In deciding how forests should be managed, knowledge of the ecological and biodiversity of forests and associated values that are intended to be sustained play a major role. This means science-based decision-making is essential for effective EBM. Where knowledge is limited, the concepts of adaptive management and the precautionary principle play a role in EBM by addressing scientific uncertainty.

Adaptive management is a structured process of learning by doing and adapting based on those lessons.  As understanding increases, management strategies and decision-making are adjusted. It is important to note that this is NOT a matter of trial and error but rather is a structured process with clearly articulated objectives, close monitoring, and feedback into decision-making. It is important to note that an adaptive management approach is not appropriate for all management decisions (for instance, where there is little uncertainty as to the impact of a particular management decision).

Another principle for lack of scientific knowledge is the precautionary principle which provides that the absence of full scientific certainty should not be used as a reason to postpone decisions where there is a risk of serious or irreversible harm.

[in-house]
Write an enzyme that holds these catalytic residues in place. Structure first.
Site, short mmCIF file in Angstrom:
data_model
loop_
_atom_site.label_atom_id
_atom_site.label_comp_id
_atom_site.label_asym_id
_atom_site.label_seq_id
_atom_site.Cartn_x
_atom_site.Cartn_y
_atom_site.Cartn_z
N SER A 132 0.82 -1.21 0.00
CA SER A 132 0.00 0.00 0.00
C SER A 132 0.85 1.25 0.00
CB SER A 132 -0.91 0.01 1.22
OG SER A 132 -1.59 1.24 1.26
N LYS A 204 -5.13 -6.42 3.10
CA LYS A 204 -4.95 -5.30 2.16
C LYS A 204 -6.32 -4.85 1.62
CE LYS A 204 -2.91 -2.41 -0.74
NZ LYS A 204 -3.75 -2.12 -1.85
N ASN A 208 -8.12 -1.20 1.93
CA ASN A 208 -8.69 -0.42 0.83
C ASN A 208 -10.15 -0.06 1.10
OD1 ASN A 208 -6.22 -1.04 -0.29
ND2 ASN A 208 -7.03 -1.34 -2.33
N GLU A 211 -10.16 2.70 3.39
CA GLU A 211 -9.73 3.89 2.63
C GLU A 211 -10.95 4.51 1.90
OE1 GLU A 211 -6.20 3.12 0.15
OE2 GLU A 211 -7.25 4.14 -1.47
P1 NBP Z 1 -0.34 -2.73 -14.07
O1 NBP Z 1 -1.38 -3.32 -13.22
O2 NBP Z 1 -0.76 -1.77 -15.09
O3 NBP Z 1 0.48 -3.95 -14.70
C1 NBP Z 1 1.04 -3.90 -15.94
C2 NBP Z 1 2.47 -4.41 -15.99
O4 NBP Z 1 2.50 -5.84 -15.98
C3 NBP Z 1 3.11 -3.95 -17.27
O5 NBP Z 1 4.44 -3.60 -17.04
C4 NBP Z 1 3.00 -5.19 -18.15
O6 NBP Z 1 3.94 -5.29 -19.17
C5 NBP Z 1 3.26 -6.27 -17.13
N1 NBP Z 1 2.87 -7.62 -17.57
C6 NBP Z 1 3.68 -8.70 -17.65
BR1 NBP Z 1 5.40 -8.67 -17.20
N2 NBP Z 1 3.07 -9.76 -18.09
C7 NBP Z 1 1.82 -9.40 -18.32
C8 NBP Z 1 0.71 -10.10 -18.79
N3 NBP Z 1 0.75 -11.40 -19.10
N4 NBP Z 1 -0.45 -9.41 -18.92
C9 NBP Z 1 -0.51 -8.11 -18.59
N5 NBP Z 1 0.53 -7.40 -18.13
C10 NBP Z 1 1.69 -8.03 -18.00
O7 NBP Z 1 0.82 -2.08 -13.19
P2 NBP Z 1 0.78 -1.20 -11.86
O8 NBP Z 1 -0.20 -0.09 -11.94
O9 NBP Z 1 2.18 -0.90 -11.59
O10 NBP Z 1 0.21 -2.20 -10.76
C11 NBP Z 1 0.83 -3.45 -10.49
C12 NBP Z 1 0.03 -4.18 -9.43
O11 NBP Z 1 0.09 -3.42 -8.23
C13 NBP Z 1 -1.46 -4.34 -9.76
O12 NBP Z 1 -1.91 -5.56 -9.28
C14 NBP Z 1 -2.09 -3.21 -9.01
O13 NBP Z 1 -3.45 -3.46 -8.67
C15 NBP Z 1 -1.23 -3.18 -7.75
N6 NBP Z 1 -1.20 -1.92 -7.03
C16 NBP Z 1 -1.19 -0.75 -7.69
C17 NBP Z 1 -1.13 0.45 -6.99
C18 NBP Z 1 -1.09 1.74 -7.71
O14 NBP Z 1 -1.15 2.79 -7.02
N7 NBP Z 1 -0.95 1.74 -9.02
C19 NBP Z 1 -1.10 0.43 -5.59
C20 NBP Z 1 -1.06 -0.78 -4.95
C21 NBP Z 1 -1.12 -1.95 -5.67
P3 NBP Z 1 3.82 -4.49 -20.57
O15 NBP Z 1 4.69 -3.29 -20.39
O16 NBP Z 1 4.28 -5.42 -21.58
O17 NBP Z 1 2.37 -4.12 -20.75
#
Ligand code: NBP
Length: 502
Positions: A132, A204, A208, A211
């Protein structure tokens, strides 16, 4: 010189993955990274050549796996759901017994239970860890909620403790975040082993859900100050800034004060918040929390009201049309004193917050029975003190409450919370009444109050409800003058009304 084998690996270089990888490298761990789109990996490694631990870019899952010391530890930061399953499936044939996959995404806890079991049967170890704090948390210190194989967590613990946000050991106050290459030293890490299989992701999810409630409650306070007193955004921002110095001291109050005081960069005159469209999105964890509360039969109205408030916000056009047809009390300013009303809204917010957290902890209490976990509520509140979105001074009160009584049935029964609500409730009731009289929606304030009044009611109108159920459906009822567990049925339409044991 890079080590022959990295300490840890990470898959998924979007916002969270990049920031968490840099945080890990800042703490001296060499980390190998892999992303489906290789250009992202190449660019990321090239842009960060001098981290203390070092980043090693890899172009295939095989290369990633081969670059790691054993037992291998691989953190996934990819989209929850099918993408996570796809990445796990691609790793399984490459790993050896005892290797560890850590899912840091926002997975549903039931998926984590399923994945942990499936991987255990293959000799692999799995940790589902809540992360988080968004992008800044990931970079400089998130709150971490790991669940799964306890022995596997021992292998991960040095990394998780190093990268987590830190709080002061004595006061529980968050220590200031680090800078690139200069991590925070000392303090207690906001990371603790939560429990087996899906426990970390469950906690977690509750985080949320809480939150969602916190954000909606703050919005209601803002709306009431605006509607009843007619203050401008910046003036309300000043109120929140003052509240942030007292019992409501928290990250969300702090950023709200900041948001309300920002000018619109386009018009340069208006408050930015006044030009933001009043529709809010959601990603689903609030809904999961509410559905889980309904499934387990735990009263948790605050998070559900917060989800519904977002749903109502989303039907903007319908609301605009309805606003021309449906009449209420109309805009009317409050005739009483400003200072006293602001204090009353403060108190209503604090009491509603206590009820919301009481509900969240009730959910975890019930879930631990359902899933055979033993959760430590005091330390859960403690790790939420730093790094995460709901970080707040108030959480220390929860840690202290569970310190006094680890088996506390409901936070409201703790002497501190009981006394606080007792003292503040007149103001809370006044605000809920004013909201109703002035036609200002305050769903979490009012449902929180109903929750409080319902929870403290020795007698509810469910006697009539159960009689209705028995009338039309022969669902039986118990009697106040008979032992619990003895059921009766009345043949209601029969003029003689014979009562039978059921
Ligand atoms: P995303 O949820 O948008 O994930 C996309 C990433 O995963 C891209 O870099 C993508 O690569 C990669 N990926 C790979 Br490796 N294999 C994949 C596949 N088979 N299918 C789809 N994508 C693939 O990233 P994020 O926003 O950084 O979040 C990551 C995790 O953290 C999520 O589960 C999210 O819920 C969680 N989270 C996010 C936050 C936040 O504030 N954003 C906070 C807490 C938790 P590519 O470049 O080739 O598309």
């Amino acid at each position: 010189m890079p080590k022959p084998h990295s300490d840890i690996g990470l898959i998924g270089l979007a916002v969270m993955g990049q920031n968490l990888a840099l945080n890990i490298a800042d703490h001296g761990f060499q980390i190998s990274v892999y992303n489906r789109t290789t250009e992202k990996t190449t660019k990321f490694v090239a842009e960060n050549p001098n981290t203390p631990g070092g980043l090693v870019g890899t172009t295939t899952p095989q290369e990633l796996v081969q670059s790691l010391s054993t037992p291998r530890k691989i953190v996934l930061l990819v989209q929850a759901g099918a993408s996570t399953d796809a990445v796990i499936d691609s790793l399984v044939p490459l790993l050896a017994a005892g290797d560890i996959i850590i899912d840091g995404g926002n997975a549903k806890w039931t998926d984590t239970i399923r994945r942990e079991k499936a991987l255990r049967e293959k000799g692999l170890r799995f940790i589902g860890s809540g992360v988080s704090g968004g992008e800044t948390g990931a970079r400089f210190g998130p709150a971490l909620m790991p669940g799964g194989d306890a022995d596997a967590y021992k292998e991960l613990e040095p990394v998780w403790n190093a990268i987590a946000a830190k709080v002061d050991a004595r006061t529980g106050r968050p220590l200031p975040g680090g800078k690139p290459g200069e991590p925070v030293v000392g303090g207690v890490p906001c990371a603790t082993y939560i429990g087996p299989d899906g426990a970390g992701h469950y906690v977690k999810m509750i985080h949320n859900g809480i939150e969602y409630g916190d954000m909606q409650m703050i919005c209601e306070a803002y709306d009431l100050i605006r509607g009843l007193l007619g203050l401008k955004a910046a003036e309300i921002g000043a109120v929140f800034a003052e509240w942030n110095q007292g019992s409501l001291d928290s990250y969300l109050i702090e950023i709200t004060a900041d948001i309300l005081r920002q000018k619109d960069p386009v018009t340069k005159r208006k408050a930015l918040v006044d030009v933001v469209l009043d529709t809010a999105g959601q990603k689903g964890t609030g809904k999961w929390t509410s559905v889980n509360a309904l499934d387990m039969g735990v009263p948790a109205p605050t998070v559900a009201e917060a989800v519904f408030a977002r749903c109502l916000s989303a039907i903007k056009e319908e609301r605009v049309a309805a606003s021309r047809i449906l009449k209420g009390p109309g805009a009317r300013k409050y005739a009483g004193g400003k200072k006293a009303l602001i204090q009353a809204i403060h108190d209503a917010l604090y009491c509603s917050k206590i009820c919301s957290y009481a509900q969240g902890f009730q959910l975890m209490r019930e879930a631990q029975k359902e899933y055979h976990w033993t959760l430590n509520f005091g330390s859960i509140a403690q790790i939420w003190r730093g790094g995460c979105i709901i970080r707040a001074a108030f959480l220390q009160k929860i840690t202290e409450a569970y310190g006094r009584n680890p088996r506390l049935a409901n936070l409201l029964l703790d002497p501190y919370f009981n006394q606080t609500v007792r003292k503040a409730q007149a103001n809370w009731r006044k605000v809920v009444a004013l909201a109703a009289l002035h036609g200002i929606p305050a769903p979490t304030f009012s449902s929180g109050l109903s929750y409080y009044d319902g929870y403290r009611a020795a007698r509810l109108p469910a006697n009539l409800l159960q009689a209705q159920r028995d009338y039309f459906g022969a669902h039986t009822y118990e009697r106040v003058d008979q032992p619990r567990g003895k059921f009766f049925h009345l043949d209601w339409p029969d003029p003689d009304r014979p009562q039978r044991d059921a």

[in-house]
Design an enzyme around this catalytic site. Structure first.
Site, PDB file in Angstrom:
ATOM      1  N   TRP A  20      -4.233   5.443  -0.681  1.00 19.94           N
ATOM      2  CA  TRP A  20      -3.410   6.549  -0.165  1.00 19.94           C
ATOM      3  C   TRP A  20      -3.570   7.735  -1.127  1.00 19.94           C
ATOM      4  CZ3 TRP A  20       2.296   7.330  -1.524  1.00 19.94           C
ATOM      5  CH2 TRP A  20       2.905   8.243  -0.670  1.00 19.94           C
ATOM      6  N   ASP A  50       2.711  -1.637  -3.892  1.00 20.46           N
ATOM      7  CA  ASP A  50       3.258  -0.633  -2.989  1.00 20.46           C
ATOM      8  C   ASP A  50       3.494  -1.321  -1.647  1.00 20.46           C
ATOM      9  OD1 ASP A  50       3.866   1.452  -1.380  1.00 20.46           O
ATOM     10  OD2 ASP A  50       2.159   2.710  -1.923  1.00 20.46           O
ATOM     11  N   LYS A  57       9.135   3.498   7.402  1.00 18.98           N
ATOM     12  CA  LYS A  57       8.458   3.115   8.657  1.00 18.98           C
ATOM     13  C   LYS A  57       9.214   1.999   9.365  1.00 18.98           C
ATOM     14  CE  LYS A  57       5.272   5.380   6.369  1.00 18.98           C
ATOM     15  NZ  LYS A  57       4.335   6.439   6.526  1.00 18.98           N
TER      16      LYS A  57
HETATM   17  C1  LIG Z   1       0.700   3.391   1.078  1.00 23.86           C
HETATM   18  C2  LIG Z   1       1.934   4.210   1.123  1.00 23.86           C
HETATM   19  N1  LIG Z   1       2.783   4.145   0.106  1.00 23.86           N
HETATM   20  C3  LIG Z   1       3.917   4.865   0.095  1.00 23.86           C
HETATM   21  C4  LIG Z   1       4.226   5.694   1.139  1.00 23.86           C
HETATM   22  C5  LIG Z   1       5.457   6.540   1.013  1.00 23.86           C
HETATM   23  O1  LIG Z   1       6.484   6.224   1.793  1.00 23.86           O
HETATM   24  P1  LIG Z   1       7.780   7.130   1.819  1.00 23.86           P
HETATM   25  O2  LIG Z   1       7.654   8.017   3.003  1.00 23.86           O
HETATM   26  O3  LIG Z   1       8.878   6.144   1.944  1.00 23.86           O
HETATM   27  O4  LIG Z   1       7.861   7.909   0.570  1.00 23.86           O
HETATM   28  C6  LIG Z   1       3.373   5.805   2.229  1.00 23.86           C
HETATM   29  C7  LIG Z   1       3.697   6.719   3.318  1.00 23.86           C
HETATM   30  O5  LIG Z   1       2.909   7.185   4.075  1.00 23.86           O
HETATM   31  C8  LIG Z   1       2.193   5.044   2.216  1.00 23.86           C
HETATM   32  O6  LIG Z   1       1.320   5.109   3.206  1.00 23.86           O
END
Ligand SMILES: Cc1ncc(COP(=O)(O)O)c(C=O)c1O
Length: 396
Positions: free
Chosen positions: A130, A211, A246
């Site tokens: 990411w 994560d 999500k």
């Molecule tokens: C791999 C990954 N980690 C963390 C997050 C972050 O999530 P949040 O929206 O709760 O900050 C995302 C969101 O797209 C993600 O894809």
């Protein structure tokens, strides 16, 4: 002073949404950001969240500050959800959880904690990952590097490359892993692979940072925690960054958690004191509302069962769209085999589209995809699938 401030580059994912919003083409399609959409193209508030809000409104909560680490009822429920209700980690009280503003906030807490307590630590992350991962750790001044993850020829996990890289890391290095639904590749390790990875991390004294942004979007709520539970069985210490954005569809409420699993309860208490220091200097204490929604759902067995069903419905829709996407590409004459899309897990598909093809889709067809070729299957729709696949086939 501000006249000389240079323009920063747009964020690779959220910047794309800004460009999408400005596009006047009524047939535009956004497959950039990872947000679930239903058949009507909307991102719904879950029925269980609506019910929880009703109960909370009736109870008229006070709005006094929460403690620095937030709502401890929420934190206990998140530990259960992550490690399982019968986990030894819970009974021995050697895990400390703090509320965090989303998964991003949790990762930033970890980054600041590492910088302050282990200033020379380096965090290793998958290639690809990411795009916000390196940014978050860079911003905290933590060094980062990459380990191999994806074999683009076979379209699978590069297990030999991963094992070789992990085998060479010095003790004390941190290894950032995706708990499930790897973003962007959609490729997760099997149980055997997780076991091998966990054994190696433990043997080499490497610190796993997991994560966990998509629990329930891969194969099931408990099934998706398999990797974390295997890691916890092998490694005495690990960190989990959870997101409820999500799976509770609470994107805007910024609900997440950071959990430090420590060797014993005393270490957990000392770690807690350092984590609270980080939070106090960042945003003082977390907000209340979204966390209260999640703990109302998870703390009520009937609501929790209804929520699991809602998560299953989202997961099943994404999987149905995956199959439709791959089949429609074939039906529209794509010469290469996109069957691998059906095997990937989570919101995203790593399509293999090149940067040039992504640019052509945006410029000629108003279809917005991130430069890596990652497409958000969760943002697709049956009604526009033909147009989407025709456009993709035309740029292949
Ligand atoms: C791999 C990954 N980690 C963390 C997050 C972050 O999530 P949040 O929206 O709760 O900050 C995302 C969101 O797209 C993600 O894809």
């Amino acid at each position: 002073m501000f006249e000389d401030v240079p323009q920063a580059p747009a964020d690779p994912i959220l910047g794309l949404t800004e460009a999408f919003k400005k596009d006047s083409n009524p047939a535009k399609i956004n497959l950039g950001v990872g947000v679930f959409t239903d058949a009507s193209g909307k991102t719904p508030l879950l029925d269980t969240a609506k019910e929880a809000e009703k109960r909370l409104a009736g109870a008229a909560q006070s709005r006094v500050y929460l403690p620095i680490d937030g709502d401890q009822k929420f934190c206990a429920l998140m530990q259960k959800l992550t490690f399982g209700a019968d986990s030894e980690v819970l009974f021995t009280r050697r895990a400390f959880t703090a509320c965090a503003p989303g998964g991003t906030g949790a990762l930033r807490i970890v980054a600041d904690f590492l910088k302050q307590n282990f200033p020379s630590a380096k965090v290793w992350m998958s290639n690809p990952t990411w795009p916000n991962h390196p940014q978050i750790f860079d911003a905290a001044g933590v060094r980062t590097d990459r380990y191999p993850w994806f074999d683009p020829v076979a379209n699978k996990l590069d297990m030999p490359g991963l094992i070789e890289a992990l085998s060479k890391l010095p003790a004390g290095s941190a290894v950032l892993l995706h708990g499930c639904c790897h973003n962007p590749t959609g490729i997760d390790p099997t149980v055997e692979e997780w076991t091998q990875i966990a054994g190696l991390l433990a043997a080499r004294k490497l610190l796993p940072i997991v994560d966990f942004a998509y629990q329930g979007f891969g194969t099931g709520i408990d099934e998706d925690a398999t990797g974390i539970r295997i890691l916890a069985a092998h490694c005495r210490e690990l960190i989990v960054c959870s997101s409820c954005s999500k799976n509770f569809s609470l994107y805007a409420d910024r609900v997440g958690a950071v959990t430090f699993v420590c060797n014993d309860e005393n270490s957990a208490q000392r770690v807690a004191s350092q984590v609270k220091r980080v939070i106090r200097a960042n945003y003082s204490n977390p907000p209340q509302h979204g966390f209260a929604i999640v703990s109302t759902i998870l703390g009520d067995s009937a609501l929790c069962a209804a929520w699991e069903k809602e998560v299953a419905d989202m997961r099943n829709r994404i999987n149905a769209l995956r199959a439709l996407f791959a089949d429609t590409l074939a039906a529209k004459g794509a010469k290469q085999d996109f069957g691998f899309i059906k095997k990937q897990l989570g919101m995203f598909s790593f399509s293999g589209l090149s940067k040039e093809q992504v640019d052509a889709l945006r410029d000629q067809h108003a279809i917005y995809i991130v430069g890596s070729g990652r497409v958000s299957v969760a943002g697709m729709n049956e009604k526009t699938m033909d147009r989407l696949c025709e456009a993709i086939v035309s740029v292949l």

The Forests Act should be amended to include a provision requiring administration and decision-making under the Act to adhere to the principles of scientific integrity, honesty, objectivity, thoroughness, and accuracy. Further, both adaptive management and the precautionary principle should be adopted in the Forests Act as guiding management principles to achieve ecological health and integrity in Alberta’s forests. This requires a degree of discretion to allow flexible decision-making (although such discretion needs to be bounded by the other principles of EBM, and the goal of maintaining ecological health and integrity) and recognition that adaptive management may result in reduced timber yield in order to address ecosystem concerns.